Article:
The Mussaf of Rosh HaShanah, by dint of its extraordinary middle section, is unique among all Tefillot of the year. Shemoneh Esrei on a Yom Chol contains nineteen Berachot, and on Shabbat or Yom Tov, seven Berachot; the only exception to this rule is the nine-Berachah Mussaf of Rosh HaShanah. The three special Berachot of Rosh HaShanah speak of God’s kingship, God’s memory, and the Shofar, respectively.
The Berachah of Shofarot begins with Divine revelation upon Har Sinai. Noted in the description is the terrifying nature of the event: “Gam Kol Ha’Olam Kulo Chal MiPanecha,” “Even the entire world shook before you.” Indeed, Bnei Yisrael were mortally afraid, saying to Moshe, “Im Yosefim Anachnu Lishmo’a Et Kol Hashem Elokeinu VaMatnu,” “If we continue to hear the voice of Hashem, our God, then we shall perish” (Devarim 5:21). Shofar is identified with Matan Torah; it is the aural accompaniment to God’s appearance in this world.
But a radical shift occurs by the end of the Berachah. Instead of concentrating on the frightening Shofar emanating from heaven, the Machzor turns to the Shofar of human prayer. The final Pasuk of Shofarot states, “UTekatem BaChatzotzrot… VeHayu Lachem LeZikkaron Lifnei Eloheichem,” “And you shall blow on the trumpets… and they shall be for you a remembrance before you God.” This is followed by the line, “Ki Atah Shomei’a Kol Shofar UMa’azin Teru’ah,” “For you listen to the sound of the Shofar and hear the Teru’ah,” and the Berachah then concludes, “Baruch Atah Hashem Shomei’a Kol Teru’at Amo Yisrael BeRachamim,” “Blessed are You, Hashem, who listens to the sound of the Teru’ah of his Nation, Israel, with mercy.” The focus is now on our Shofar blasts and prayers, and our assurance that God indeed will listen to us.
The same exact development characterizes the Berachah of Zichronot. It begins with the terrifying prospect of God remembering and weighing every action and thought of ours: “Atah Zocheir Ma’asei Olam… HaKol Galui VeYadua Lefanecha Hashem Elokeinu… UVriyot Bo Yipakeidu Lehazkiram LaChayim VeLamavet,” “You remember deeds of old… all is revealed before you, Hashem our God… and [on this day] creatures will be remembered to mention them for life or death.” Taking a positive tack of God’s memory, the Berachah delves into the story of Noach and Hashem’s remembrance, and deliverance, of him and his family.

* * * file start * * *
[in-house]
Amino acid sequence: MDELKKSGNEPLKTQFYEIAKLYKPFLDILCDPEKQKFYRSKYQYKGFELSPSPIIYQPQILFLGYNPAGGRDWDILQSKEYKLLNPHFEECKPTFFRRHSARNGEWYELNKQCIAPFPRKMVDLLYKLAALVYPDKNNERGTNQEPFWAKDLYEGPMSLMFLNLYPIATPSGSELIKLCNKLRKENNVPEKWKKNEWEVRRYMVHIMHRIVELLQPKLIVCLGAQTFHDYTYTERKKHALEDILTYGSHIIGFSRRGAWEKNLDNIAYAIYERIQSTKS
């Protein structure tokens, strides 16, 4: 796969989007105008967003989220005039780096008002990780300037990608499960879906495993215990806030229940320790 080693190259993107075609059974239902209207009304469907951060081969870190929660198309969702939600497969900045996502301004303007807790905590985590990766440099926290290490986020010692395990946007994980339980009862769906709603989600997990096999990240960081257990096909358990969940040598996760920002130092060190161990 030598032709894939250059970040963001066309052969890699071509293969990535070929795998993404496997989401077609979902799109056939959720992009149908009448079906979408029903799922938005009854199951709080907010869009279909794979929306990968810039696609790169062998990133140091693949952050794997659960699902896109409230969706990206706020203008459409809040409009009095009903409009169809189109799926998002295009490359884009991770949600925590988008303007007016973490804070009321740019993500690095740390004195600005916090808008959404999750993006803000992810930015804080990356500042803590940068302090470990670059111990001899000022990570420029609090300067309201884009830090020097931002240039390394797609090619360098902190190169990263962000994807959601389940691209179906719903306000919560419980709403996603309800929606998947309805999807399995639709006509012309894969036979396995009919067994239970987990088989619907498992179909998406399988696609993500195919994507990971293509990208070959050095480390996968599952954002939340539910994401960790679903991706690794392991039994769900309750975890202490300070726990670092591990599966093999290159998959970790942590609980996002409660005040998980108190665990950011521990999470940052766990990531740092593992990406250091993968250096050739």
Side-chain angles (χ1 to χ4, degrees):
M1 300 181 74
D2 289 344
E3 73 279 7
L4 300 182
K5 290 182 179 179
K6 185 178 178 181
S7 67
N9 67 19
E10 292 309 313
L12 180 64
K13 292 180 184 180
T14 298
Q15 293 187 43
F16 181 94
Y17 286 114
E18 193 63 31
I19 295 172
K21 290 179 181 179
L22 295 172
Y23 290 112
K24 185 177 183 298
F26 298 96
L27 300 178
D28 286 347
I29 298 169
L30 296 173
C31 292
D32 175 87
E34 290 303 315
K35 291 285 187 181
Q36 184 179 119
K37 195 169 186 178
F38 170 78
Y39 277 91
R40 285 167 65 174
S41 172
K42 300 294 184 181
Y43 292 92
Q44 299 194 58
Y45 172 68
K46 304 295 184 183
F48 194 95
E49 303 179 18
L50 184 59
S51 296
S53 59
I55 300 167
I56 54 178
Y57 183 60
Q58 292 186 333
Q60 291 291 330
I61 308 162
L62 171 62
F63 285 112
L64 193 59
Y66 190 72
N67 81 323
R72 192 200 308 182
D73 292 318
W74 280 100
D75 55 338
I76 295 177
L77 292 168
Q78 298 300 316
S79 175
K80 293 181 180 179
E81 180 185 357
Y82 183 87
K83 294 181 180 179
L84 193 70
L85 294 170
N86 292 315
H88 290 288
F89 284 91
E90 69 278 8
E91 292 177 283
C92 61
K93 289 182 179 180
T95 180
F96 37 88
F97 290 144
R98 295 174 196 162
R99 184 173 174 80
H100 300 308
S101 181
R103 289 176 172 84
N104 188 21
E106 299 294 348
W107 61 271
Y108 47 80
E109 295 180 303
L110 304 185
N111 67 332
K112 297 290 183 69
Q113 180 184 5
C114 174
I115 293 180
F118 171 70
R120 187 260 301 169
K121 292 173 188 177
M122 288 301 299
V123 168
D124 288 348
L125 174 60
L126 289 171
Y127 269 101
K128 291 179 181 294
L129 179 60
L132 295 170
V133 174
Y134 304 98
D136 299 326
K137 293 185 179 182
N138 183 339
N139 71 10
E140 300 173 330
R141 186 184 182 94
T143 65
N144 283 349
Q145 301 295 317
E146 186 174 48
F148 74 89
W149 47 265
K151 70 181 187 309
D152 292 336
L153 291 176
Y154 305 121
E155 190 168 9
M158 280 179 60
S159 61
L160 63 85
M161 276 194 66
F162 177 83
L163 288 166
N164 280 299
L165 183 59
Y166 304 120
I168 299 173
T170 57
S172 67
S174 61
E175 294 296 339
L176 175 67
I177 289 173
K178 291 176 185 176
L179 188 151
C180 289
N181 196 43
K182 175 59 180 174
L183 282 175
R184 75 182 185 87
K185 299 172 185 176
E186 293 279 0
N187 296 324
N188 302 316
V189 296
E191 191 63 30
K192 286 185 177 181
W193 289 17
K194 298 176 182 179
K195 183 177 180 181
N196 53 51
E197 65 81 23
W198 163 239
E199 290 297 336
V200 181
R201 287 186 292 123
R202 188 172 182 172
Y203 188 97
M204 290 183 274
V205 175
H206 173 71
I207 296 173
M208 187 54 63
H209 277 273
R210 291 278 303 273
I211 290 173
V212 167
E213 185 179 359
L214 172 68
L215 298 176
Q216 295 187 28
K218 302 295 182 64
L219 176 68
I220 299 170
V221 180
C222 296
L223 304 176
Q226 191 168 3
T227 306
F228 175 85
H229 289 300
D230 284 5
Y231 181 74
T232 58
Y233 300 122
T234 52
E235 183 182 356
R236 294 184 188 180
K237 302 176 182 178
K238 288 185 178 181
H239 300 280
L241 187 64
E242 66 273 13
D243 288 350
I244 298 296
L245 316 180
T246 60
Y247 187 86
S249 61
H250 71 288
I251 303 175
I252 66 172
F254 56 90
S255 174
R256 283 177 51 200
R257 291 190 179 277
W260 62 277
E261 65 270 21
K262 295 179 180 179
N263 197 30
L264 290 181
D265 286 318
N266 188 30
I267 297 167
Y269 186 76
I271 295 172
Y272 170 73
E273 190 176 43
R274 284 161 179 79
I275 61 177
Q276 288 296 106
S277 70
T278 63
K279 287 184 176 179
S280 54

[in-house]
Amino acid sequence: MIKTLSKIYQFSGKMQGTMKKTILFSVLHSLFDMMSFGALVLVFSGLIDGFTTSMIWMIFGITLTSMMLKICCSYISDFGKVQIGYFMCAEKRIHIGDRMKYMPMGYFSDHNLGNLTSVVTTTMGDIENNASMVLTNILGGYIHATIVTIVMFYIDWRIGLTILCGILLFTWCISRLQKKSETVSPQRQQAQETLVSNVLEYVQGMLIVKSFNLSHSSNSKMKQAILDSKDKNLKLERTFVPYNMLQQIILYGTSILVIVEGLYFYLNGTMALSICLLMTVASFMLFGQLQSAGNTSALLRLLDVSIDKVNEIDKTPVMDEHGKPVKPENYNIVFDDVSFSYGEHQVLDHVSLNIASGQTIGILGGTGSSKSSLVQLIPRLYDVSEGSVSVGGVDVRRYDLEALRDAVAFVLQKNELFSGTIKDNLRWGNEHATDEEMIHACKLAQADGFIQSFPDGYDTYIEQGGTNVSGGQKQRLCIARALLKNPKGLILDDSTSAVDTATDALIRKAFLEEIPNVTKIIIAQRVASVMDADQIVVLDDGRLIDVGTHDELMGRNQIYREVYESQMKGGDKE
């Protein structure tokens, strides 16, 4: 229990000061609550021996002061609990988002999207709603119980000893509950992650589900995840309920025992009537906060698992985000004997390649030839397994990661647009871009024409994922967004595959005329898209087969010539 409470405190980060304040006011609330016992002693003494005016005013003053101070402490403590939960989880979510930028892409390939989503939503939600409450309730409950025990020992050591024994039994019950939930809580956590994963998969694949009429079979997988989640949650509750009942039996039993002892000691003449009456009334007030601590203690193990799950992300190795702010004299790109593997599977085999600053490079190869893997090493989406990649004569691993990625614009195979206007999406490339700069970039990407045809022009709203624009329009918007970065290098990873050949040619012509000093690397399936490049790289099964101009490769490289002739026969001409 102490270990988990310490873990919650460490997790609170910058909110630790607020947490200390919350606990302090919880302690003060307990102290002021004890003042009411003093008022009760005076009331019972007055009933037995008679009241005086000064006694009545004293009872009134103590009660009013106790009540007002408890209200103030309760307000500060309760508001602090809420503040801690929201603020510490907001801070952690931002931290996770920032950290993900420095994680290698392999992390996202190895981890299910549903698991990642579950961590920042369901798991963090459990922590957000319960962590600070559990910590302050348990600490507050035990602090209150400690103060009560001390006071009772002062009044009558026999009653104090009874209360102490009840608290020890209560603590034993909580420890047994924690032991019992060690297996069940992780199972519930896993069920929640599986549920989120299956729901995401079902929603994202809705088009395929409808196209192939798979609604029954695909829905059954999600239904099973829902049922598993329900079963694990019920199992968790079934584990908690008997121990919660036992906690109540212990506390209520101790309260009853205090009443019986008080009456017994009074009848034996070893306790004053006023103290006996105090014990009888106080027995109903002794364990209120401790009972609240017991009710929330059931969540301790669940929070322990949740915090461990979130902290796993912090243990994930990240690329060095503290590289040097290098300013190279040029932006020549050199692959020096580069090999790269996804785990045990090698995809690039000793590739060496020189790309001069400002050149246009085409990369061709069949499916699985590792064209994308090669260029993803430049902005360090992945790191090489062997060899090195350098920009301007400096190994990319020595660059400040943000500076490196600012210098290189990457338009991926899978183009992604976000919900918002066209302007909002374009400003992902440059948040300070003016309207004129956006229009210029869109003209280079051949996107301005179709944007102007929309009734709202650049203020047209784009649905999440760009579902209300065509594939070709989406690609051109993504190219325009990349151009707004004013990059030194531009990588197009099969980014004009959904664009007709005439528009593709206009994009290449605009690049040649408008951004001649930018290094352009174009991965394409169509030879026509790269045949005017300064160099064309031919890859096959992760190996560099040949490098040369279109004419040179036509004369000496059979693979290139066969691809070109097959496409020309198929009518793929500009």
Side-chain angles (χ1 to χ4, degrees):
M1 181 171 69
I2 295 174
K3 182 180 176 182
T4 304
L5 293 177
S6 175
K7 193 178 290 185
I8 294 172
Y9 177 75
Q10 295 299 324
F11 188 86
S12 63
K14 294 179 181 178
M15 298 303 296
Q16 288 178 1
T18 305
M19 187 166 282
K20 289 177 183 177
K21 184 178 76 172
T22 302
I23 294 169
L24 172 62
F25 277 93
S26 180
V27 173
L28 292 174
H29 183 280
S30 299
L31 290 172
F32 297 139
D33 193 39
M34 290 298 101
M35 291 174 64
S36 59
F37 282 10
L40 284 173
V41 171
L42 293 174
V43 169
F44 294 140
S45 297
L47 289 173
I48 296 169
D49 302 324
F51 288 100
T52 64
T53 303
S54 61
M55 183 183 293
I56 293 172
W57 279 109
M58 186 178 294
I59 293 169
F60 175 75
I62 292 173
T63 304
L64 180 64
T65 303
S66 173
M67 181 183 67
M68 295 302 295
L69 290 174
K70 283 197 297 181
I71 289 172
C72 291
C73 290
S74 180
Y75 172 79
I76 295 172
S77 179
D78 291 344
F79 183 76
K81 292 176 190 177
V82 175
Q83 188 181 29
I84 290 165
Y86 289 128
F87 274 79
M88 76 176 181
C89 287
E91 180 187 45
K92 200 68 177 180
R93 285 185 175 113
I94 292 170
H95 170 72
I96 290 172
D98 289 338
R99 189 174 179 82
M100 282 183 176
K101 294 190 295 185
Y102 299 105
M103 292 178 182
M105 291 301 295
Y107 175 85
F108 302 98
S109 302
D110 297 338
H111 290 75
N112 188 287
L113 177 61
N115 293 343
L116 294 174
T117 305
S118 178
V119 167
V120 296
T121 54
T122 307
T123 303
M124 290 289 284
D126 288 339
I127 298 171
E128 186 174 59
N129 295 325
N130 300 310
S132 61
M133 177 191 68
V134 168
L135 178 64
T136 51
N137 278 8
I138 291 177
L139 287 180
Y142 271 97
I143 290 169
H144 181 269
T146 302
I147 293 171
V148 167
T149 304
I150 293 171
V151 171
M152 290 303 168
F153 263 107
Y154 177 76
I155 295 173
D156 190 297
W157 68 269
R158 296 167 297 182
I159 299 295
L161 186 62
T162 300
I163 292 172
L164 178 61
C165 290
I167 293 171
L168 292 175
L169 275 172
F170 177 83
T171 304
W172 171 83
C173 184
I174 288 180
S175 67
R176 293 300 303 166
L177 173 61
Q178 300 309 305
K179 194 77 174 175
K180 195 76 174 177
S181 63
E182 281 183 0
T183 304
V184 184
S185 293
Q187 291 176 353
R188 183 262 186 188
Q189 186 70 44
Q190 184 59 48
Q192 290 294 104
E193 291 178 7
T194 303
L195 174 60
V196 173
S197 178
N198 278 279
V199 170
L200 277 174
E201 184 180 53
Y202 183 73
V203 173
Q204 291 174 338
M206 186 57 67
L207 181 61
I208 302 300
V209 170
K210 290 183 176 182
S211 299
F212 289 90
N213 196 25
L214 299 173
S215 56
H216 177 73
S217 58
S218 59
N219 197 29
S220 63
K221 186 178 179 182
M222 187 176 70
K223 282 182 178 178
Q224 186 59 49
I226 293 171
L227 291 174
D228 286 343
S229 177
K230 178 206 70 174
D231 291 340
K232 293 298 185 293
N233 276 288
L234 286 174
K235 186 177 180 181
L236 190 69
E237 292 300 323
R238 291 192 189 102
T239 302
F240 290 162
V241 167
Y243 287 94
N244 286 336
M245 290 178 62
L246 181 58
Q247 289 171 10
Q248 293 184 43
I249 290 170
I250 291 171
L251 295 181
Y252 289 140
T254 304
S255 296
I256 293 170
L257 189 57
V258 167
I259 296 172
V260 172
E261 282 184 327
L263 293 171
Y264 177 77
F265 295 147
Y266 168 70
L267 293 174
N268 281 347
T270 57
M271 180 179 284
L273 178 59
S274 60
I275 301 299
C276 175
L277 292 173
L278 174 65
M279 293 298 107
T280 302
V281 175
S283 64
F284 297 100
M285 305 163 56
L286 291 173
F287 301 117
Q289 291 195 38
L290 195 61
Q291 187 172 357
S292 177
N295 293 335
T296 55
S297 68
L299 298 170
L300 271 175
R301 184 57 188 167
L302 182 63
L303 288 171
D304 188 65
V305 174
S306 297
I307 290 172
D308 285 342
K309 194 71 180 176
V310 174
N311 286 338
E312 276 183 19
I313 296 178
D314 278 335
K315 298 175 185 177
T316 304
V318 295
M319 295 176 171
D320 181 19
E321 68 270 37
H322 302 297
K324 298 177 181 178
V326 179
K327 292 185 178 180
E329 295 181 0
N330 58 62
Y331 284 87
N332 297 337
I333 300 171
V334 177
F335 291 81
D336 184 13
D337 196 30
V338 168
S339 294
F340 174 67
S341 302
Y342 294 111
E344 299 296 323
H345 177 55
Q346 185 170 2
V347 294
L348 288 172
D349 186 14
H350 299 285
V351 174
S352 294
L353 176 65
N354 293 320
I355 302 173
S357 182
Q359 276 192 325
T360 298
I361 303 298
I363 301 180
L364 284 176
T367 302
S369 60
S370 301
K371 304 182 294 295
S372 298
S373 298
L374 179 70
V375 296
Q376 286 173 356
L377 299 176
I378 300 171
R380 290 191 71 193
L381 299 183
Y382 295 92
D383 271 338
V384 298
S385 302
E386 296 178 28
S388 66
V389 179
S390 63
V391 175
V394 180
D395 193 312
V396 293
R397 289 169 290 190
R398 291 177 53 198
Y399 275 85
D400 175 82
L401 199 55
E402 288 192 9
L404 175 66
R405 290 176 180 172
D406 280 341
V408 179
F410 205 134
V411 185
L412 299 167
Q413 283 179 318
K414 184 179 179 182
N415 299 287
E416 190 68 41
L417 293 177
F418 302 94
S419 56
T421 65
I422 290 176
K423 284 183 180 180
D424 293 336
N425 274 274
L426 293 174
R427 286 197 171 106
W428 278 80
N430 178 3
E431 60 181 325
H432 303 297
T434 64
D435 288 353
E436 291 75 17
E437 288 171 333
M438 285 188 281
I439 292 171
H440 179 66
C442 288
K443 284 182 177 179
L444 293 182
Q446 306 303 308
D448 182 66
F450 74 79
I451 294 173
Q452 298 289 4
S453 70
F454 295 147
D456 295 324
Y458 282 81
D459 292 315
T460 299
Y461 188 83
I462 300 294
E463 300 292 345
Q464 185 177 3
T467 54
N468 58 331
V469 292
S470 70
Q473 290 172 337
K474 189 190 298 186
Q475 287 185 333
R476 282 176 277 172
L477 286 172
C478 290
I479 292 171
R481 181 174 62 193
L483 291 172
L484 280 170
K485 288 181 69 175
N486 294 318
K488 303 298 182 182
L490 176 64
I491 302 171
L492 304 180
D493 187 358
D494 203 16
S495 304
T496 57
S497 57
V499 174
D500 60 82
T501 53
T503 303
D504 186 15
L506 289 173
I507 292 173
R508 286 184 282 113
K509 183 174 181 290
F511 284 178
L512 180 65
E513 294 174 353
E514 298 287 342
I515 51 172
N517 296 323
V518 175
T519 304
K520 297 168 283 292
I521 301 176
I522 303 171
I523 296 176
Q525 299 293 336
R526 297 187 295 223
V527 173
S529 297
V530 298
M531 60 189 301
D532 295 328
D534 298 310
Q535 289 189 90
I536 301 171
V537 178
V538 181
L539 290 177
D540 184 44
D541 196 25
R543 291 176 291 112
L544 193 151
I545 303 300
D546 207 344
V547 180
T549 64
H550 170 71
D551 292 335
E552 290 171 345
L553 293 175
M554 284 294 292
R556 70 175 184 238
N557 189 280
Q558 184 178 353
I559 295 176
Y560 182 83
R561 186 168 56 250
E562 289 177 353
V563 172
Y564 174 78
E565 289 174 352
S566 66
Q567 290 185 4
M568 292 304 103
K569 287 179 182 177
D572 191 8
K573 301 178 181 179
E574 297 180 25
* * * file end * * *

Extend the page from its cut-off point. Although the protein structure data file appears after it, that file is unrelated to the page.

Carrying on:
But the gears then shift, from God’s memory of all events to His specific memory of the covenant between Him and Bnei Yisrael. The next Pasuk is representative of the rest of the Berachah: “VaYizkor Elokim Et Berito Et Avraham Et Yitzchak Ve’Et Ya’akov,” “And Hashem remembered his covenant with Avraham, with Isaac, and with Jacob” (Shemot 2:24). The final Pasuk, “VeZacharti Lahem Berit Rishonim,” “And I shall remember for them the covenant of the early ones” (VaYikra 26:45), is cut from a similar cloth. And while the Berachah swerves momentarily back into its original focus, saying, “Ki Zocheir Kol HaNishkachot Atah,” “For You are the Rememberer of all forgotten things,” the Berachah returns immediately to the covenant angle, mentioning Akeidat Yitzchak and concluding, “Baruch Atah Hashem Zocheir HaBerit,” “Blessed are You, Hashem, who remembers the covenant.” While the Berachah begins with the fearful prospect of a thorough, complete investigation of our pasts, it concludes with a confident reliance on the covenant of our forefathers.
The shift which occurs in both of these Berachot1 powerfully conveys the dual nature of Rosh HaShanah, as expressed in multifarious Halachic discussions (Tzidkatecha on Rosh HaShanah, Aveilut on Rosh HaShanah, fasting on Rosh HaShanah, etc.); perhaps the clearest articulations of the opposite sides of this dialectic are Ezra’s instructions on Rosh HaShanah, “Ve’Al Tei’atzevu Ki Chedvat Hashem Hi Ma’uzchem,” “And do not be saddened, for the joy of God is your stronghold” (Nechemiah 8:10), and Rabbi Abahu’s reasoning for the lack of Halleil on Rosh HaShanah, “Efshar Melech Yosheiv Al Kisei HaDin VeSifrei Chayim VeSifrei Meitim Petuchin Lefanav VeYisrael Omrim Shirah Lefanai,” “Is it possible
that the King would be sitting on the Throne of Judgement with the Book of Life and the Book of Death are open before him, and Israel would be saying Halleil before me?” (Arachin 10b). Thus, the tension between the frightening and joyous components of the day, which is manifest in the Berachot of Mussaf, is indeed an integral part of Rosh HaShanah.
1 Shofarot and Zichronot both utilize this topical shift. But Malchiyot appears to be the odd one out. No transition occurs in the theme: The beginning of Malchiyot speaks of Hashem’s dual kingship over the world and over Bnei Yisrael, and ends on that note, with the Pesukim holding to these themes consistently. Perhaps this is due to its nature as a hybrid Berachah, sharing space with Kedushat HaYom, which emphasizes the special nature of Am Yisra’el; a terrifying beginning would have been undercut by the very first words of the Berachah, “Atah Bechartanu MiKol Ha’Amim,” “You have chosen us from all of the nations.” It is, however, worth noting the irony inherent in the status of Malchiyot as the least ‘scary’ of the middle Berachot.